Updated on December 3, 2016
Updated on December 3, 2016
Millennials, we all hate them, right? I know I’ve complained about my own generation at times. Many people think we are everything that is wrong with “today”. We are entitled, whiny, weak, lazy, socially inept, addicted to our phones, not involved in our communities, and uninterested in the world around us. Not to mention, we also need safe spaces, can’t appreciate how far we have come, demand vacation days without putting in the work, think everything is either sexist or racist, think everything revolves around us, and on and on!
People say these things in front of me as if I’m not a part of this generation, as if they aren’t actually calling me entitled and lazy to my face. Those moments are incessantly hard to navigate.
I got sick of it two years ago and started to defend my generation in those conversations. We have our issues. Yet, I refuse to believe we are “all that is wrong with this world”. We cannot be only making it worse. Those few moments of sharing a different perspective on Millennials have grown into a constant battle. The reasons I use to defend Millennials may surprise you. So, hang with me for a bit.
I have been interested in generational studies since college. It is a fascinating field that took off in the 80s/90s. The most interesting and accepted generational theory is the Strauss-Howe theory. These two men actually coined the term “Millennial” for Generation Y. The Strauss-Howe theory uses evidence going back to the 1500s which is why it is widely accepted. I’ll give you the abbreviated version. This next part is a bit technical but important regarding our modern society.
Strauss and Howe discovered a pattern of social eras that revolve around generations. They called these Turnings. They last about 20-25 years or the length of a generation. These Turnings cycle through four stages. This manner of history is brought about by each generation. In addition to the four social eras, there are four archetypes of generations. These types rotate in order. It would look like A, B, C, D, A, B, C, D, etc. Basically, you have four different types of generations that bring about a new stage of society. Then it repeats over and over.
Individuals in each generation will look incredibly different. However, there is still an identity for each generation regardless of these differences. This generational identity is the archetype. The archetypes are Prophet, Nomad, Hero, and Artist. Most would accept this as we are constantly talking about Baby Boomers versus Millennials. We wouldn’t talk about this so much if there wasn’t a common identity for each.
How does generational identity turn the tables on the opinion of the most hated generation alive? Most people and generations revere the G.I. Generation. In fact, we call them the Greatest Generation. They were the Hero archetype. The types cycled through until once again we have a Hero generation, the Millennials. This means Millennials have more in common with the Greatest Generation than any other generation. While the world of the Millennials looks vastly different from the world of the G.I. Generation, at our core we have the same values and characteristics. Shocking, I know!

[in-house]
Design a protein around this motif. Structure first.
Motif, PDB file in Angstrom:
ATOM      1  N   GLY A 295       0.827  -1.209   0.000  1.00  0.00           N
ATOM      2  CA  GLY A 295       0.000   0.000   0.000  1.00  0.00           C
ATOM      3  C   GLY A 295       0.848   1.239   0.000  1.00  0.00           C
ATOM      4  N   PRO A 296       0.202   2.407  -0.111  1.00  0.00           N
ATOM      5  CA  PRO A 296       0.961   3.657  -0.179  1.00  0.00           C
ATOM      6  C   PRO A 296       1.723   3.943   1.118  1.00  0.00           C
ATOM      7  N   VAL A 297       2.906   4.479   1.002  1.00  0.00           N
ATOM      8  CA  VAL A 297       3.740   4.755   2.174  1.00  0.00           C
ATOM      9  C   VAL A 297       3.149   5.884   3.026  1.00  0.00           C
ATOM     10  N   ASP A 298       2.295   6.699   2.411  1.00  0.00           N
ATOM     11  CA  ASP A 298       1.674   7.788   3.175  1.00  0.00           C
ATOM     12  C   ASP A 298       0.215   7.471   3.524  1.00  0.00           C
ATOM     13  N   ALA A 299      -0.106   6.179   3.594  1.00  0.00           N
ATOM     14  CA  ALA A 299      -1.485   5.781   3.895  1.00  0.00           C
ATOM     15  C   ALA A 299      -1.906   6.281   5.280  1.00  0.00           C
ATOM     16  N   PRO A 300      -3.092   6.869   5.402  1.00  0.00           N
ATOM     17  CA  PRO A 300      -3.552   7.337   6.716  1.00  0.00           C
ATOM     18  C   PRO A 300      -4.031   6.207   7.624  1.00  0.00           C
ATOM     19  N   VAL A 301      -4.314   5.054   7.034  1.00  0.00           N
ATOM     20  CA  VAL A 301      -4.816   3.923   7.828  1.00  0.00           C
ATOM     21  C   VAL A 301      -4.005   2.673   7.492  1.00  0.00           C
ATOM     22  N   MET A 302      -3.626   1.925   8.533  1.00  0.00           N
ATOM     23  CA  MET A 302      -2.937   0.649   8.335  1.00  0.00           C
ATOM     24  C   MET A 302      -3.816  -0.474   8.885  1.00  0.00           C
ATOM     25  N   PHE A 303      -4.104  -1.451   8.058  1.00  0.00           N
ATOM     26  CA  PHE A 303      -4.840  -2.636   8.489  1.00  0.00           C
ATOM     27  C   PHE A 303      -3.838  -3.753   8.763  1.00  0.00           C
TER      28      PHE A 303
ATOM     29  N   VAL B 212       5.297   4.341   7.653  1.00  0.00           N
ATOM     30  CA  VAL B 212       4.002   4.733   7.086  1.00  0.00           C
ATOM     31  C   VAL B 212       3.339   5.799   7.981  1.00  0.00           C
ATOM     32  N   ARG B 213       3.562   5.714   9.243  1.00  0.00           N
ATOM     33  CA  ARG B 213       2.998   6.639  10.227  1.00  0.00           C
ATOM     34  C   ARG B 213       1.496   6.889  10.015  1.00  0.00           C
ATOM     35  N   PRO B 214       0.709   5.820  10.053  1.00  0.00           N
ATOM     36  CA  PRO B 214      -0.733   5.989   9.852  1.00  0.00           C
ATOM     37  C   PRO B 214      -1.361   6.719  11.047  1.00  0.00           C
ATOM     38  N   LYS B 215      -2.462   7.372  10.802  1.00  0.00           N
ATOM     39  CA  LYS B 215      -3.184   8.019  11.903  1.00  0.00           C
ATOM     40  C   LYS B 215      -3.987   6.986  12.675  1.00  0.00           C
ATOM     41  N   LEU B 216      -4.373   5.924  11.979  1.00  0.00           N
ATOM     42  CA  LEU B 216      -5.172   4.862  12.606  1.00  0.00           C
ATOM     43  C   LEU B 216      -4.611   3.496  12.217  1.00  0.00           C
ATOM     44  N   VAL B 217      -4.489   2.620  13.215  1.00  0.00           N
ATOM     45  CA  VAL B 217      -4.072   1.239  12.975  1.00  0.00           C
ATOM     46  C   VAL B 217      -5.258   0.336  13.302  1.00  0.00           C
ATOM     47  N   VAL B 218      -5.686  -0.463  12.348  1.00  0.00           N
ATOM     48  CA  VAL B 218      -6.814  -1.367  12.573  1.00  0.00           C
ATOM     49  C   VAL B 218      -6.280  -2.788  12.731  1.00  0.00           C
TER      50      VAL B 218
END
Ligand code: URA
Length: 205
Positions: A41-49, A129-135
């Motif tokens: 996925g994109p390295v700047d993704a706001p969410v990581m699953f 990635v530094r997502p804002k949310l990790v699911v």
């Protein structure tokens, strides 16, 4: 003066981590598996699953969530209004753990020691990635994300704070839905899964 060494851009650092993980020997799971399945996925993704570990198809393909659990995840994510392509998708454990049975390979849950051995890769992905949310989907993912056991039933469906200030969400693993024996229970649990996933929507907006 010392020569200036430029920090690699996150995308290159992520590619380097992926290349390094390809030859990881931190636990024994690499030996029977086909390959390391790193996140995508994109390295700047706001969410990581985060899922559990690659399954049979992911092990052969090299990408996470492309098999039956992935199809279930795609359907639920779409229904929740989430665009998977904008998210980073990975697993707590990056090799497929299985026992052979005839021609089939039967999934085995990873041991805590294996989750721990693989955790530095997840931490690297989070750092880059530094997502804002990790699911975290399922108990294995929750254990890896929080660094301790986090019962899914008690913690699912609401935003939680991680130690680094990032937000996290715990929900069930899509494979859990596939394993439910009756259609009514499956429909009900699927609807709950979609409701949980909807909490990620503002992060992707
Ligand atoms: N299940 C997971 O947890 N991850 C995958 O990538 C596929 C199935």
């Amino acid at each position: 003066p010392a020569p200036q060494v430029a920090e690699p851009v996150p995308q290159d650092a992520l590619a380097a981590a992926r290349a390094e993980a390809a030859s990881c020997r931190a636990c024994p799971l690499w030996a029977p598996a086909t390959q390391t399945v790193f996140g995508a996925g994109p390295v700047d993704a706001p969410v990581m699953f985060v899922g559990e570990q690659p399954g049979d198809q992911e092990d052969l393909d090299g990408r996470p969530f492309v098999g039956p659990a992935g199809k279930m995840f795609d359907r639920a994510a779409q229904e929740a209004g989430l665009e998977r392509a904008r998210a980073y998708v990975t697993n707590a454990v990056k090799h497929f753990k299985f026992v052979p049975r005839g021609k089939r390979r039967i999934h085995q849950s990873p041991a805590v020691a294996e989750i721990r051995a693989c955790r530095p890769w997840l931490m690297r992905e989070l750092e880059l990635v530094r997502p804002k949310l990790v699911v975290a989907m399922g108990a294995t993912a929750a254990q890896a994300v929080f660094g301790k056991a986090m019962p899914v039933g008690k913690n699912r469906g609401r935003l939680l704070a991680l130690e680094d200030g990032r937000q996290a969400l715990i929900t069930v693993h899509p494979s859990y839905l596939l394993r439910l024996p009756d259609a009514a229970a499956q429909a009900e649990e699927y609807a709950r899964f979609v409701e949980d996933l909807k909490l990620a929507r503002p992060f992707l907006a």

Some common characteristics are a civic mindedness, optimism, and a collectivist outlook. An alternative term for the Hero type is “Civic”. We focus on how to clean up the mess around us and want to rebuild institutions. We were raised by protective parents and value team work. Past Hero generations have brought the nation together. They also became powerful leaders in healing the Crisis. The Crisis is the Fourth Turning out of the four social eras. The other eras or Turnings are the High, the Awakening, and the Unraveling. The last Unraveling ended in the mid-2000s.
The Crisis is never short (it lasts decades). It sees the collapse of our strongest institutions to such a degree that there is serious doubt about whether the nation can survive. The Hero Generation then rebuilds these institutions leading to a time of prosperity, or the High.
The Great Depression and WWII was the Crisis for the last Hero archetype. Before that? The Civil War. And before that Crisis? The American Revolution. Thomas Jefferson and James Madison, writers of the Declaration of Independence and the Bill of Rights respectively, were a part of a Hero archetype generation. Abraham Lincoln was part of a Hero generation. Their crises almost saw the total breakdown of our nation. They also involved war.
There is no guarantee the current Crisis will involve war, but the odds are high. Already we have seen 9/11, the 2008 financial crisis, and now the current political scene. The Crisis has only begun and is far from ending. We know this because the Millennial Generation hasn’t resolved the crisis. We are no where near rebuilding the broken institutions. And as for war, some historians are already leaning toward a clash between Islam and the West reminiscent of the Crusades. This is only an guess though. Time will tell.
What we do know is Millennials, who are constantly criticized, are a Hero archetype generation. A crisis will come. In the end, we will be the generation to rise to the occasion to save the nation and rebuild after near annihilation.
Check back next week for the final post in my Millennial series. It will continue with this generational theory by focusing in on Millennials as the Hero archetype. Part one is mostly my perspective as an insider.